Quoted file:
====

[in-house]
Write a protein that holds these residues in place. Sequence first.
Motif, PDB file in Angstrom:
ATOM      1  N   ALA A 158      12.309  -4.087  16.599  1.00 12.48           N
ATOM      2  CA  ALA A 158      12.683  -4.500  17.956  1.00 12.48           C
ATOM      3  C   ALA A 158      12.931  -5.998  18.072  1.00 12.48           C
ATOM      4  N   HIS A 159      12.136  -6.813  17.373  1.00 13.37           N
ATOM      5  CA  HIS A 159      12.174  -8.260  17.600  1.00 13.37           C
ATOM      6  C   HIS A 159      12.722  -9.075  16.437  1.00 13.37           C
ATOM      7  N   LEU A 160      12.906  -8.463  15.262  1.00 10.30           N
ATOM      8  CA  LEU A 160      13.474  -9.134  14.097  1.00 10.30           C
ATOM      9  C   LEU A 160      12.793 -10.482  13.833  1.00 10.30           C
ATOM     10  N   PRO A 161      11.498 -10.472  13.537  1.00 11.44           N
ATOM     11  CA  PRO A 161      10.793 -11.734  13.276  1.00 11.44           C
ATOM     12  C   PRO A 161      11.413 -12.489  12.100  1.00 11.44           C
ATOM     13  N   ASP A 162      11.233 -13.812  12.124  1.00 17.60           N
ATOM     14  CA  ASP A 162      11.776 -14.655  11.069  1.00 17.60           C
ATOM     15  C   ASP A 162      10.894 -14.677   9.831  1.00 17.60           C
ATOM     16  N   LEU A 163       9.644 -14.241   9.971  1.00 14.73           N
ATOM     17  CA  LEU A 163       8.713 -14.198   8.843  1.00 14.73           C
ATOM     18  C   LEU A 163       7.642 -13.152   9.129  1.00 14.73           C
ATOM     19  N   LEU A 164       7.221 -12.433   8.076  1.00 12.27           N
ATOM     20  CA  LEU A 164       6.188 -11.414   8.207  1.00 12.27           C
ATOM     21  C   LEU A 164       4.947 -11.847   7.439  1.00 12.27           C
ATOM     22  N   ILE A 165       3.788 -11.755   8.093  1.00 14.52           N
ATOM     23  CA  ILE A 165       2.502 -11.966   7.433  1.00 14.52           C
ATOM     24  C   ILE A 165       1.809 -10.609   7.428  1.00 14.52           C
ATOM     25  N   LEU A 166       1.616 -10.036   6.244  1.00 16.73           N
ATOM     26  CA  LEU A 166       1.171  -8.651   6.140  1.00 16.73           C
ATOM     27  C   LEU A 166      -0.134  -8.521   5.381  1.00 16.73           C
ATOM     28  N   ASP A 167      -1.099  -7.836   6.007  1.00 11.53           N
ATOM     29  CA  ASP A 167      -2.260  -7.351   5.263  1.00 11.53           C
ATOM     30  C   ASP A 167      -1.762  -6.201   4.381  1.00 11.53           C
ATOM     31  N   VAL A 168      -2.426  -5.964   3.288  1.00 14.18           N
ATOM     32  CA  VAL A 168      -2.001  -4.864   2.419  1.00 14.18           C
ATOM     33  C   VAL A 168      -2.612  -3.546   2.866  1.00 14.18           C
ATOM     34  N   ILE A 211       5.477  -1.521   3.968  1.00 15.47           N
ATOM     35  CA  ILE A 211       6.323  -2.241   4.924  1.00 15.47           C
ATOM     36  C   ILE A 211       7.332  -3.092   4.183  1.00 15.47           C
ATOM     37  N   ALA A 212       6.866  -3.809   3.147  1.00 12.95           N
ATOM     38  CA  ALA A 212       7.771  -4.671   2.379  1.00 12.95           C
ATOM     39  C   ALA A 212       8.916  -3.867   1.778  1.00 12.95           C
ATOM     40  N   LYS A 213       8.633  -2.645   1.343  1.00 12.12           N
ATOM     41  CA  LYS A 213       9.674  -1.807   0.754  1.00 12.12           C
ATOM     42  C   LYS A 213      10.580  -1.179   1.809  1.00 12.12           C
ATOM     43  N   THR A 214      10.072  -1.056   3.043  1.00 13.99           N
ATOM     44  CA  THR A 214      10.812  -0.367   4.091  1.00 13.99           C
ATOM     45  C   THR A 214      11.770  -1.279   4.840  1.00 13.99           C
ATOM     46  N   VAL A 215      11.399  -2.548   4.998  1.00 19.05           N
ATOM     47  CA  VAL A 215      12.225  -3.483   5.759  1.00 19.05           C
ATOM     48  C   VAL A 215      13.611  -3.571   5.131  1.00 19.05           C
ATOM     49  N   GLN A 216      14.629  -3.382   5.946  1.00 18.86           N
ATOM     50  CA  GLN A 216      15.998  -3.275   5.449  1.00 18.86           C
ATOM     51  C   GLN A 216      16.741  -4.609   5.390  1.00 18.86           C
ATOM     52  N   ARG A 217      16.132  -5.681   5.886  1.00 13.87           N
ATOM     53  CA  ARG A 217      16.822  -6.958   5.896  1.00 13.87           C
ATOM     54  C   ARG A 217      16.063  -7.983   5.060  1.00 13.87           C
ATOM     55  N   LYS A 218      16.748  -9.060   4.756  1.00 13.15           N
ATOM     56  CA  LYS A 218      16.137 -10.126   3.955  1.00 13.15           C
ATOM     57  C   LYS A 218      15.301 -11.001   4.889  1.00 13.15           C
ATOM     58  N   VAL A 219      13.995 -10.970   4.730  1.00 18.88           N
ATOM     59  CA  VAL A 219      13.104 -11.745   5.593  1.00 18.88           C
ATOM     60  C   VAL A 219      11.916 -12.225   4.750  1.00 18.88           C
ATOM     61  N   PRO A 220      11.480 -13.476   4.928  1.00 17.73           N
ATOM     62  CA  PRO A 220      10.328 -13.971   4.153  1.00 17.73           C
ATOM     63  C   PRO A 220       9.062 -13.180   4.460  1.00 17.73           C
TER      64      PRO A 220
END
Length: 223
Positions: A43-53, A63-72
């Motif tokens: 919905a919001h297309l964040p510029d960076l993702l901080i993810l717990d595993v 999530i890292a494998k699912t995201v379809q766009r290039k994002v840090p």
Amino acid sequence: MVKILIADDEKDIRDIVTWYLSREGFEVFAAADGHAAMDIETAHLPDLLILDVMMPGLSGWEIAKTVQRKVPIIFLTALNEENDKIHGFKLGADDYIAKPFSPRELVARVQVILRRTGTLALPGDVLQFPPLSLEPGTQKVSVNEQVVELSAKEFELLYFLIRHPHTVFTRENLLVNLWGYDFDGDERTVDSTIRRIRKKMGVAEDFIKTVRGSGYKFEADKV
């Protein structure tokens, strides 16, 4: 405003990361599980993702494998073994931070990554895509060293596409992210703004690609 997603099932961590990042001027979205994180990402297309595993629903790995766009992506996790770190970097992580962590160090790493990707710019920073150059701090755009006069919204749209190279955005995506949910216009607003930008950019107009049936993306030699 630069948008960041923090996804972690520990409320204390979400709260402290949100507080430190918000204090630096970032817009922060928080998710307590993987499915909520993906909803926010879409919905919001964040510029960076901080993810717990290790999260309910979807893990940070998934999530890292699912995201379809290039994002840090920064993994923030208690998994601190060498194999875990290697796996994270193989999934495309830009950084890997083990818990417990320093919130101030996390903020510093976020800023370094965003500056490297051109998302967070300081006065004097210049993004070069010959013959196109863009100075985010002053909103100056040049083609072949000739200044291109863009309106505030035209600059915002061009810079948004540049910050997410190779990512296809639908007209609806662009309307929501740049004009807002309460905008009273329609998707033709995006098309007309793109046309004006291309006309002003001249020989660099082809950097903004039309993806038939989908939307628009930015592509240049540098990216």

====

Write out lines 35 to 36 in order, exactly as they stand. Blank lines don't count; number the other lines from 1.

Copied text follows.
ATOM     32  CA  VAL A 168      -2.001  -4.864   2.419  1.00 14.18           C
ATOM     33  C   VAL A 168      -2.612  -3.546   2.866  1.00 14.18           C